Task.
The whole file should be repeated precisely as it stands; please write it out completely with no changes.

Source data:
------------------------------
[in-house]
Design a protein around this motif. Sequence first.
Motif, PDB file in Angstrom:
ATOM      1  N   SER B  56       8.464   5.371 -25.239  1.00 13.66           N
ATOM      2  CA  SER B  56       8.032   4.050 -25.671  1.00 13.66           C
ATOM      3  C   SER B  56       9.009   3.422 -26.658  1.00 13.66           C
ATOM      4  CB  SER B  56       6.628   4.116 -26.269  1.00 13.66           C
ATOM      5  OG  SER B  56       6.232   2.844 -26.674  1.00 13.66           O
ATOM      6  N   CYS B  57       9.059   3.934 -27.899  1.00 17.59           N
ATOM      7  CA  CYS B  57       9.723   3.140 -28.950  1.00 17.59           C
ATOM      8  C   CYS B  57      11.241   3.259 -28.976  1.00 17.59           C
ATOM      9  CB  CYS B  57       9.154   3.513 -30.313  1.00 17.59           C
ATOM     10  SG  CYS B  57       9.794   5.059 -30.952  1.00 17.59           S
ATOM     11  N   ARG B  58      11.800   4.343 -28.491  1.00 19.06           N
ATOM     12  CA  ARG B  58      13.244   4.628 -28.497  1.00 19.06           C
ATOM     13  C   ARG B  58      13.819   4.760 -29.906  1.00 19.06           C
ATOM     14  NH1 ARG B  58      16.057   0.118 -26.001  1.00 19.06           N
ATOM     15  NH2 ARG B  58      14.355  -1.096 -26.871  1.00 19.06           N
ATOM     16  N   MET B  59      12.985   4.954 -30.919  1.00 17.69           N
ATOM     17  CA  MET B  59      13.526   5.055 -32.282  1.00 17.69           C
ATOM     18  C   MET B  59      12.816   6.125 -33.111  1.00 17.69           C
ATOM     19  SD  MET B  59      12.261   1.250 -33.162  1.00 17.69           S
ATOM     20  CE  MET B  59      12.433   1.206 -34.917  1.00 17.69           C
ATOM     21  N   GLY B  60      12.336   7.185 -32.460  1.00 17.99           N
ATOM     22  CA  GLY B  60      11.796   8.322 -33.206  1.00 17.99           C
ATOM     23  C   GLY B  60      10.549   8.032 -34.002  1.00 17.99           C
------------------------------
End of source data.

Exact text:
[in-house]
Design a protein around this motif. Sequence first.
Motif, PDB file in Angstrom:
ATOM      1  N   SER B  56       8.464   5.371 -25.239  1.00 13.66           N
ATOM      2  CA  SER B  56       8.032   4.050 -25.671  1.00 13.66           C
ATOM      3  C   SER B  56       9.009   3.422 -26.658  1.00 13.66           C
ATOM      4  CB  SER B  56       6.628   4.116 -26.269  1.00 13.66           C
ATOM      5  OG  SER B  56       6.232   2.844 -26.674  1.00 13.66           O
ATOM      6  N   CYS B  57       9.059   3.934 -27.899  1.00 17.59           N
ATOM      7  CA  CYS B  57       9.723   3.140 -28.950  1.00 17.59           C
ATOM      8  C   CYS B  57      11.241   3.259 -28.976  1.00 17.59           C
ATOM      9  CB  CYS B  57       9.154   3.513 -30.313  1.00 17.59           C
ATOM     10  SG  CYS B  57       9.794   5.059 -30.952  1.00 17.59           S
ATOM     11  N   ARG B  58      11.800   4.343 -28.491  1.00 19.06           N
ATOM     12  CA  ARG B  58      13.244   4.628 -28.497  1.00 19.06           C
ATOM     13  C   ARG B  58      13.819   4.760 -29.906  1.00 19.06           C
ATOM     14  NH1 ARG B  58      16.057   0.118 -26.001  1.00 19.06           N
ATOM     15  NH2 ARG B  58      14.355  -1.096 -26.871  1.00 19.06           N
ATOM     16  N   MET B  59      12.985   4.954 -30.919  1.00 17.69           N
ATOM     17  CA  MET B  59      13.526   5.055 -32.282  1.00 17.69           C
ATOM     18  C   MET B  59      12.816   6.125 -33.111  1.00 17.69           C
ATOM     19  SD  MET B  59      12.261   1.250 -33.162  1.00 17.69           S
ATOM     20  CE  MET B  59      12.433   1.206 -34.917  1.00 17.69           C
ATOM     21  N   GLY B  60      12.336   7.185 -32.460  1.00 17.99           N
ATOM     22  CA  GLY B  60      11.796   8.322 -33.206  1.00 17.99           C
ATOM     23  C   GLY B  60      10.549   8.032 -34.002  1.00 17.99           C